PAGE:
The Coinbase report mentions the educational options that are available in the best universities in the world, including online courses such as the Sloan School of Management at MIT. This is a six-week course for professionals, as well as the one taught at UC Berkeley that offers an online class called Blockchain Fundamentals through the edX online learning center (which also offers classes on the theme created by the Foundation LINUX)

Other sites, such as Udemy, Coursera and Udacity, offer a series of courses, including the Udacity “Become a Blockchain Developer” nanograduate program, taught by experts working in this field, and the Coursera “Fintech Specialization” course, created and taught by professors of the Wharton School of Business of the University of Pennsylvania.

Other alternatives also mention the initiative of the University of California-Berkeley, which has been offering a popular course called “Blockchain, Cryptoeconomics, and the Future of Technology, Business and Law.” The university offers the course as a collaboration of three separate departments: engineering, business and law schools.

Another training option in the area is the one offered by the National University of Singapore, where business students studying “Financial Regulation in a Digital Age” can learn about how technological developments – including the blockchain – they are transforming finances and regulatory issues that need to be addressed to maximize potential.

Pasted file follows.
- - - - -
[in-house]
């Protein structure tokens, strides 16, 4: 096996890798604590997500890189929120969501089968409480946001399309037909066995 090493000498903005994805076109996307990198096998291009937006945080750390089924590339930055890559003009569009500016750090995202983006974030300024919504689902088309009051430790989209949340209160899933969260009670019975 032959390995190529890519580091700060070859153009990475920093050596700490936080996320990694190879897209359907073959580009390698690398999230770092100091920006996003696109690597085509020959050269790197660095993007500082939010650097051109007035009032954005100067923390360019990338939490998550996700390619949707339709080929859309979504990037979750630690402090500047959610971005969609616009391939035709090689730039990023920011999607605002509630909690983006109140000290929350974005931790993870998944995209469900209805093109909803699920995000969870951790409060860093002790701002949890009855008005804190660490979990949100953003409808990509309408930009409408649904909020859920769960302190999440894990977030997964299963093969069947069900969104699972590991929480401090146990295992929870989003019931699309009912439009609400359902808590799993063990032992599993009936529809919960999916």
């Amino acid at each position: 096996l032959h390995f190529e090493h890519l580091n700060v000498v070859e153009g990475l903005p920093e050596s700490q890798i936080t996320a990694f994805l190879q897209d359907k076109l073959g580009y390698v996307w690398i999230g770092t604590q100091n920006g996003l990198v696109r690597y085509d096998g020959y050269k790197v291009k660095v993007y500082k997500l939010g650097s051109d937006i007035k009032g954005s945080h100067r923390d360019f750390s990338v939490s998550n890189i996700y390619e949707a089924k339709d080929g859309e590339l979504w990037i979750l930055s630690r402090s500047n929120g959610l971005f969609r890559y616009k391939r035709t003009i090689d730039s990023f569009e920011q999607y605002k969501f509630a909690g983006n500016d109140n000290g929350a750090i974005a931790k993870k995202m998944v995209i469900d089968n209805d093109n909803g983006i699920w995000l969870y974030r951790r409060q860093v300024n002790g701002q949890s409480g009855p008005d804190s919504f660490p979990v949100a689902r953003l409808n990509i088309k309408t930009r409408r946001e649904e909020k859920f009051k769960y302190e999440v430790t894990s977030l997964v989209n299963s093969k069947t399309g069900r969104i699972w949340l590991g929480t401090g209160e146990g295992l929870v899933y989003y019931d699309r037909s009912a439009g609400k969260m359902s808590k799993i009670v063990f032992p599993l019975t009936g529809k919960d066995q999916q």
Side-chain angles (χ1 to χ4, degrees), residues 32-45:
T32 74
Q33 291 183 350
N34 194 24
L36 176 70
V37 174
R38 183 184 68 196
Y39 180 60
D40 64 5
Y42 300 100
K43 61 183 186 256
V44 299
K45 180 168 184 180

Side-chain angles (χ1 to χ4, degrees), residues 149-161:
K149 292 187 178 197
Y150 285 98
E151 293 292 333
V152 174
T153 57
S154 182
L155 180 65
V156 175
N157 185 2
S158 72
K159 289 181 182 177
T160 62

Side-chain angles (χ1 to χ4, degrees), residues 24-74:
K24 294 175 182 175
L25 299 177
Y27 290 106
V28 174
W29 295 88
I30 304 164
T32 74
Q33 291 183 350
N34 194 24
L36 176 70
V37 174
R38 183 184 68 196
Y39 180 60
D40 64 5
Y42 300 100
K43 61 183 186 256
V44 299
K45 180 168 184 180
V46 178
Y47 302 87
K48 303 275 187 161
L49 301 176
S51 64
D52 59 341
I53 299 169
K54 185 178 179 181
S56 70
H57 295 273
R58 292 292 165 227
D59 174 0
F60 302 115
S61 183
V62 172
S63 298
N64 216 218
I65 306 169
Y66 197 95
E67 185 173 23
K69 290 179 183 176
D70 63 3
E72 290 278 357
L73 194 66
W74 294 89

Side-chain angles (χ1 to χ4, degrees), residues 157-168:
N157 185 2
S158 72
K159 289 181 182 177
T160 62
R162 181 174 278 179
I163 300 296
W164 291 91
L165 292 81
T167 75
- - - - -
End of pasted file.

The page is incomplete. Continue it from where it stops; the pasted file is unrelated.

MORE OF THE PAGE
In addition, Stanford Law students enroll in “Blockchain and Cryptocurrencies: Law, Economy, Business and Politics” to study legal and regulatory structures with particular emphasis on securities regulation.

On the other hand, students of Sociology at Stanford are exploring the potential of the blockchain to create a fairer economic system in a class called “Justice + Poverty Innovation,” where students learn how to use emerging technologies such as artificial intelligence. and the blockchain as solutions applied to problems related to housing, medicines and debts.

Entrepreneurship without Borders, a course at the Sloane School of Management at MIT, guides students through the creation of new global ventures, with a special focus on blockchain technology.

And this fall, the MIT Digital Currency Initiative (DCI), as part of the multimedia lab, has joined the Harvard Law School to offer a crypto class that will bring together a wide variety of academics.

In Latin America, many specialization and postgraduate initiatives emerged in the areas of blockchain and cryptocurrencies from 2018, especially in Spanish universities. There is also a current offer of graduates in cryptocurrencies and blockchains, in the academic offer of Latin American universities.

Source: CriptoNoticias.com

Disclaimer: InfoCoin is not affiliated with any of the companies mentioned in this article and is not responsible for their products and / or services. This press release is for informational purposes information does not constitute investment advice or an offer to invest.